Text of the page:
Things You Should Know Before You Travel to China

Whether you’re a tourist or a business traveler, there are several things you should know before you travel to China. The People’s Republic of China is the largest country in the world by population. It is located in East Asia, slightly ahead of India.

Quarantine

Whether you are traveling to China on business or leisure, there are several precautions you should take to prevent exposure to COVID-19, the most feared of the respiratory viruses. In addition to packing a travel health kit, you’ll need to show a green health and travel code before leaving your home country.

If you test positive for COVID-19, you’ll be quarantined in a hospital isolation ward or in a government-designated facility. This may result in delayed medical treatment. You will also be required to undergo a series of tests. For example, you’ll need to complete an oral swab test.

Drug testing

During a trade war, China’s authorities have ramped up their scrutiny of foreigners. This includes testing for drugs. Some businesses have been closed and popular nightclubs have been taken over by the police.

Depending on the severity of the offense, people who are found to have committed drug crimes could face deportation. Those who are involved in criminal or civil disputes may also be subjected to a travel ban.

Those who have been previously deported from China are treated as if they are still a citizen, which means they may be denied access to Australian consular services. They are also eligible for humanitarian exemptions.

Religious activities

Increasing numbers of tourists are giving more people the chance to learn about religion. Usually, religion-themed tours include Buddhist lectures and meditation. However, the Chinese government has been restricting religious activities. These regulations vary by province. In Northeast China, unregistered churches enjoy fewer restrictions. But the government still requires religious organizations to register.

In the Sichuan Province, for example, authorities have raided more than 100 churches. The Early Rain Covenant Church, one of the largest unregistered Protestant churches in China, was raided three times in May. In addition, Xu Yongze, one of the leaders of the Born Again Christian movement, was detained.

Avoiding unmarked or unmetered taxis

Whether you are traveling to China for business or pleasure, there are some things you should do to keep yourself safe. These include paying attention to traffic, wearing a seatbelt, and avoiding unmetered taxis. Luckily, many of these things are not hard to do. If you follow these tips, you will be well on your way to having a stress free trip to the Far East.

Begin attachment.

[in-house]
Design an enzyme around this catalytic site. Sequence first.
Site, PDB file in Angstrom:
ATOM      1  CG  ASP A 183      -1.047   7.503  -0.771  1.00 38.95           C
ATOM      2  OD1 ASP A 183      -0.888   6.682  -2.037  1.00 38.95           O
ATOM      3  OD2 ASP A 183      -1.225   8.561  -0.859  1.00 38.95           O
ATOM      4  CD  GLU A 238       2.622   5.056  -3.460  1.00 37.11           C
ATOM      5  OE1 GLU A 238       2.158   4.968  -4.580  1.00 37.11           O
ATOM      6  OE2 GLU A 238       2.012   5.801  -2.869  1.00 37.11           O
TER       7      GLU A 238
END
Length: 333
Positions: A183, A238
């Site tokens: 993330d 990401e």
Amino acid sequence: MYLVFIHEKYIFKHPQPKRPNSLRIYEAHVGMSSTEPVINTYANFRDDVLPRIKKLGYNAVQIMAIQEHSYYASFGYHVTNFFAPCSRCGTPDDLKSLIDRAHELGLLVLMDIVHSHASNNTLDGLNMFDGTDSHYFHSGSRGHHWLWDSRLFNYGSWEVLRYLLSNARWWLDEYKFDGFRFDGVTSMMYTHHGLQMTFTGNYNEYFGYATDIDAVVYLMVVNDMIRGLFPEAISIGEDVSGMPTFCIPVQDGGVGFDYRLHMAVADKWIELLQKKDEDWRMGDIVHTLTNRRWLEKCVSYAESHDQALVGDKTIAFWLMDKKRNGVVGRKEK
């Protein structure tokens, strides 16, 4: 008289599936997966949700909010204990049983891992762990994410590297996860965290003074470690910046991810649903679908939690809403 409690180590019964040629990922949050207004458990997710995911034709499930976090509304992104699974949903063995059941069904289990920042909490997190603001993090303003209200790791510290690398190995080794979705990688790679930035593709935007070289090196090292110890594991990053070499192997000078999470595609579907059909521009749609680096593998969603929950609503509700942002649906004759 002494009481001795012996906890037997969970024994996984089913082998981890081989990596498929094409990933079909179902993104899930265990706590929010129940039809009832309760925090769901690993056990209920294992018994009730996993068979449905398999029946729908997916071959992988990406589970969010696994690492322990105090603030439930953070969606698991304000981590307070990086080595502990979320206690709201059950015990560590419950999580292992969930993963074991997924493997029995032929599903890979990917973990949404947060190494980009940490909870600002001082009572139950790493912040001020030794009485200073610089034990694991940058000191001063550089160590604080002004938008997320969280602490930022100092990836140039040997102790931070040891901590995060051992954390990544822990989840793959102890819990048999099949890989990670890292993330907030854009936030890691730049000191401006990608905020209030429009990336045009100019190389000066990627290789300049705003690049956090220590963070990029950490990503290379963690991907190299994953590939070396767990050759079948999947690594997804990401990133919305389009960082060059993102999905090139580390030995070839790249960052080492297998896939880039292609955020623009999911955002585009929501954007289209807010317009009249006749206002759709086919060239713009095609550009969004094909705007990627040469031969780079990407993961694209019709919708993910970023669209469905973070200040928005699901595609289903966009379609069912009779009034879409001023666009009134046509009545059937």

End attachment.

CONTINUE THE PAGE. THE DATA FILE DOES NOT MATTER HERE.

The best place to start is with your local taxi agency. Many of these services offer a range of options from a basic black and white cab to a high end limousine. The best part is that you won’t have to pay a fortune.

Avoiding demonstrations or other large public gatherings in Tibet

Whether you are travelling to Tibet for the first time or going back, it is important to avoid demonstrations or other large public gatherings. The Chinese government has been accused of using lethal force against protesters, and has reportedly arrested disobedient monks.

In the midst of the violent suppression of the demonstrations, a 12-year-old boy died. His name is Ngawang Kunga. He was from Drepung Monastery. He was shot during the protest. He later died in Lhasa People’s Hospital.

The protest began on Monday. It was initially led by 70 monks from the Ganden Monastery. They started at about 10 a.m. They chanted “Free Tibet” and waved traditional white scarves. They were met with police firing shots at the crowd. Some of the police officers opened fire on the crowd, and others used explosives and tear-gas. The crowd then fled to the Jokhang Temple.

Counterfeit currency

Whether you are planning a trip to China, or are already in the country, you may want to be aware of the fact that counterfeit currency is a problem. In fact, it’s an issue that’s been going on for as long as people have been using money.

If you do decide to visit the country, you should carry your passport with you. Most international airports also have currency exchange services. You can also use your passport to purchase train tickets.

While you are in the country, you should also take note of the currency regulations. Most banks, including those in the major cities, allow you to cash travelers’ cheques. Some also offer cash advances with credit cards.

APEC business travel card holders can apply for a business visa

APEC business travel cards are issued to nationals of APEC member economies. They offer long-term, multiple entry visa-free access to these countries. The card also provides special fast-track lanes at international airports. These cards are valid in 21 countries. Applicants need to have a valid passport from an APEC economy, no criminal convictions, and engage in business travel throughout the APEC region.

Business travellers to other APEC nations must obtain separate visas. This arrangement will not apply to tourists or news media-related activities. APEC members can impose additional eligibility criteria on the cardholders.